Results tagged ‘ Matt Lindstrom ’

Your All-Star Controlled Scrimmage

Jayson Stark tweets that All-Star Managers Joe Girardi and Charlie Manuel were told to pick one “multi-position” player to their teams, which explains, if not excuses, the ludicrous selections of Omar Infante of Atlanta and Ty Wigginton of Baltimore. 

They are not All-Stars. They do not play every day. They are a kind of baseball equivalent of Special Teams guys, and that’s okay if that’s the way you want the All-Star Game to devolve. But you have taken it from an All-Star Game in which the actual stars often used to play the entire game, to an All-Star exhibition in which the roster is framed around a fans’ popularity vote, to one in which it is further restricted by a requirement that each team have a representative, to an All-Star Controlled Scrimmage in which a few more of the precious discretionary roster spots are awarded based on very narrowly defined “success.”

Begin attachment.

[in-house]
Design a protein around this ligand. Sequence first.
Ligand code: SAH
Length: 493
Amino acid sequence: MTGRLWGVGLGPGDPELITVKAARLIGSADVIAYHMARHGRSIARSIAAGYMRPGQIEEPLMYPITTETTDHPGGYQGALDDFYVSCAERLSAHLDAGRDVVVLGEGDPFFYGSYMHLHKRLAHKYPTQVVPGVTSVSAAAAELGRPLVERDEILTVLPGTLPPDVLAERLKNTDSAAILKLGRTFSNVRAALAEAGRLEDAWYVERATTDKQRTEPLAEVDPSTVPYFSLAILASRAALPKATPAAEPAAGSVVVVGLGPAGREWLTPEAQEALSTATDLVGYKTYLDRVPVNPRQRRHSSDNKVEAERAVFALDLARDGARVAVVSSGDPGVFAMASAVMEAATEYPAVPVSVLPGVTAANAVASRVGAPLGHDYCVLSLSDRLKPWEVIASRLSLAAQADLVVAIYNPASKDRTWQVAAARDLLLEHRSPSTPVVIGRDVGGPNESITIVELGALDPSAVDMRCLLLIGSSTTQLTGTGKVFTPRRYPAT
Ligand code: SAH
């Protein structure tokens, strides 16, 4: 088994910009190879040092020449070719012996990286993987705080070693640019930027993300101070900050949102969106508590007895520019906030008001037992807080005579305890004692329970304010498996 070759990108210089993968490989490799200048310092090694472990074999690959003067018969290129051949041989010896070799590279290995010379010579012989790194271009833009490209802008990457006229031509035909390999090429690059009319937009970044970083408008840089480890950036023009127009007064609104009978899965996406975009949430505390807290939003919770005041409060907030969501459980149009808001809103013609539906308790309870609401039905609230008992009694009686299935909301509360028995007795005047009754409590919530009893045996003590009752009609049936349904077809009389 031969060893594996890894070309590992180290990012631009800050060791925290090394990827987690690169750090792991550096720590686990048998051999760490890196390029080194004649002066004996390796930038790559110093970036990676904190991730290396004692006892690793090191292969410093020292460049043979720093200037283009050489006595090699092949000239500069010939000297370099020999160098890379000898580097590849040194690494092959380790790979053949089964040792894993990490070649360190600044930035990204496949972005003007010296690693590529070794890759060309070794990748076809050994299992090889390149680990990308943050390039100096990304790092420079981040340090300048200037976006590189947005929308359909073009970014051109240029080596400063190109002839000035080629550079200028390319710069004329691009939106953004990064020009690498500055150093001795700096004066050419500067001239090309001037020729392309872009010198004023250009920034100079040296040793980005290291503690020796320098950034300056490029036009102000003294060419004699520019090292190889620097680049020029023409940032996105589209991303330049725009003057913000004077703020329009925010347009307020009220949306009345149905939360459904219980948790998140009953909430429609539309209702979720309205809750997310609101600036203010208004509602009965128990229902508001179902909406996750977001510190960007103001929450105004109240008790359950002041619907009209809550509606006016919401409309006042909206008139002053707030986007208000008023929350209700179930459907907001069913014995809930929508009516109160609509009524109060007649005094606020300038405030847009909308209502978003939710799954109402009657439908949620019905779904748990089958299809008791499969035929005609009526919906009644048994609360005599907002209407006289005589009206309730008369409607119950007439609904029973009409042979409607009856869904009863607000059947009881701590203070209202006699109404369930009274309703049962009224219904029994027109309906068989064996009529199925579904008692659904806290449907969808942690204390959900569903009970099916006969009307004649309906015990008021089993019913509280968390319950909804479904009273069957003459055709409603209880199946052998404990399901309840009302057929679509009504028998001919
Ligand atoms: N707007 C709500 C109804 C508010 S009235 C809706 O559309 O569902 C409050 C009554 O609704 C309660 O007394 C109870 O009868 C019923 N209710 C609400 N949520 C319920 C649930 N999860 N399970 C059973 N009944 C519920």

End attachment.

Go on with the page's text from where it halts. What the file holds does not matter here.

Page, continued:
“Multi-Position Players”? “Middle Relievers”? What next, “Pinch-Hitters”? “Top Rule 5 Picks”? I mean, you could legitimize the ludicrous talk of having The Strasburg pitch in the game seven starts into his career by making sure a place on each team was reserved for “Top Rookies Brought Up Late To Avoid Super Two Arbitration Status.” And when you get to that point – and we’re close enough as it is – just call the thing on Monday “The Home Run Hitting Contest,” and the thing on Tuesday “All-Star Pitching Warm-Ups and Batting Practice.”